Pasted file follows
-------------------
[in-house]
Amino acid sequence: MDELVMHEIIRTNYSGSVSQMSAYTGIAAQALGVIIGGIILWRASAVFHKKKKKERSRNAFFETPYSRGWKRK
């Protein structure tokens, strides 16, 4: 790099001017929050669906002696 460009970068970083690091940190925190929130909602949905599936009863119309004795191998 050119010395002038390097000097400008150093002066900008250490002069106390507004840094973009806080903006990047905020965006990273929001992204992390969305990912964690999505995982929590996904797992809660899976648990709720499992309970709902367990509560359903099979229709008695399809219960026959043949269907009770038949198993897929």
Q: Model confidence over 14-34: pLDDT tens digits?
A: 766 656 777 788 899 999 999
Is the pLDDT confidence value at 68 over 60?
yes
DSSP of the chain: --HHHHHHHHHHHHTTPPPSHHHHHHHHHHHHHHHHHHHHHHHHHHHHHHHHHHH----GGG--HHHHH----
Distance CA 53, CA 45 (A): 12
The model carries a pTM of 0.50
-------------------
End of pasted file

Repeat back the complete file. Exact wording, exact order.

[in-house]
Amino acid sequence: MDELVMHEIIRTNYSGSVSQMSAYTGIAAQALGVIIGGIILWRASAVFHKKKKKERSRNAFFETPYSRGWKRK
């Protein structure tokens, strides 16, 4: 790099001017929050669906002696 460009970068970083690091940190925190929130909602949905599936009863119309004795191998 050119010395002038390097000097400008150093002066900008250490002069106390507004840094973009806080903006990047905020965006990273929001992204992390969305990912964690999505995982929590996904797992809660899976648990709720499992309970709902367990509560359903099979229709008695399809219960026959043949269907009770038949198993897929």
Q: Model confidence over 14-34: pLDDT tens digits?
A: 766 656 777 788 899 999 999
Is the pLDDT confidence value at 68 over 60?
yes
DSSP of the chain: --HHHHHHHHHHHHTTPPPSHHHHHHHHHHHHHHHHHHHHHHHHHHHHHHHHHHH----GGG--HHHHH----
Distance CA 53, CA 45 (A): 12
The model carries a pTM of 0.50